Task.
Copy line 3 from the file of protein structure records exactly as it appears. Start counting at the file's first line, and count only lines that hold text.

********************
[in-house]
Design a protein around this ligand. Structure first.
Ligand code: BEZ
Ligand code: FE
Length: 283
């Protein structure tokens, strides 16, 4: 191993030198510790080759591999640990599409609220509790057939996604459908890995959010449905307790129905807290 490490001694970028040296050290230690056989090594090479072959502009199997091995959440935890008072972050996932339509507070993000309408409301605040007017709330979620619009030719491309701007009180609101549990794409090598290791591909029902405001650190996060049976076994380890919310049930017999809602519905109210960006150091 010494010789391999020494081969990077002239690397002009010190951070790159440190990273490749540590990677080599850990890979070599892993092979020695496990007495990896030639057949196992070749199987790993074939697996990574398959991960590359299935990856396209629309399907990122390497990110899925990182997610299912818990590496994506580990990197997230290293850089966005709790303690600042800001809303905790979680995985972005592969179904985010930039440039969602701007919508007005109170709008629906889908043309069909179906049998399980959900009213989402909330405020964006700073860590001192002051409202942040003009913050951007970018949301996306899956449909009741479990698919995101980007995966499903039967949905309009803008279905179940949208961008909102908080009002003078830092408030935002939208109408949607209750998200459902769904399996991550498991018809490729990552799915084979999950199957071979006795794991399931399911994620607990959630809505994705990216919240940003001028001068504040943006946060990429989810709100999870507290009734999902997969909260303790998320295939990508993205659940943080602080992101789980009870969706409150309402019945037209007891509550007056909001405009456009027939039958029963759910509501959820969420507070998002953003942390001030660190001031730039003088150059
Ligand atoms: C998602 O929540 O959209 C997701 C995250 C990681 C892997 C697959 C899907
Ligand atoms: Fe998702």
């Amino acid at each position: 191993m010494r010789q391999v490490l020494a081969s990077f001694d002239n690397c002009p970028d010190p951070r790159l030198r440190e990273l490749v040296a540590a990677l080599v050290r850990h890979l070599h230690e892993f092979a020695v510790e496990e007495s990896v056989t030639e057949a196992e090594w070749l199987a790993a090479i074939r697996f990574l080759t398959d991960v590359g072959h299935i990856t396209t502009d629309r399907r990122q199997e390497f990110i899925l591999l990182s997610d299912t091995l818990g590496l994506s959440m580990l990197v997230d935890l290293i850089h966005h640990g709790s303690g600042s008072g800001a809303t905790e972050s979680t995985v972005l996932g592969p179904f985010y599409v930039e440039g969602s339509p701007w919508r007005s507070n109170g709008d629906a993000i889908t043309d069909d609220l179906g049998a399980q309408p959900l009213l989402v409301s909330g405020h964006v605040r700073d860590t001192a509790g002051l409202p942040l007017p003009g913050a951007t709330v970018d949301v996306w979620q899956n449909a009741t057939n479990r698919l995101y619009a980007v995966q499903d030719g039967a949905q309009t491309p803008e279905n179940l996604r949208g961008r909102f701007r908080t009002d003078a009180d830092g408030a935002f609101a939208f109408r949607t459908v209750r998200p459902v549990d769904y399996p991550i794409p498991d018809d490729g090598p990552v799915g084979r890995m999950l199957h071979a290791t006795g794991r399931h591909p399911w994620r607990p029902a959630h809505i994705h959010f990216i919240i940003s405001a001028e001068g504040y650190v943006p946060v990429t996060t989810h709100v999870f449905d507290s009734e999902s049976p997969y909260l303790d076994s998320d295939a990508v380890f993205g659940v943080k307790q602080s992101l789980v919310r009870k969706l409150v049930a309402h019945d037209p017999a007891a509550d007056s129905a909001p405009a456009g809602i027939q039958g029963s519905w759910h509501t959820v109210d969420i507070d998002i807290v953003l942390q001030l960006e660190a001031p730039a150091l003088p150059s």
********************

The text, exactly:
Ligand code: BEZ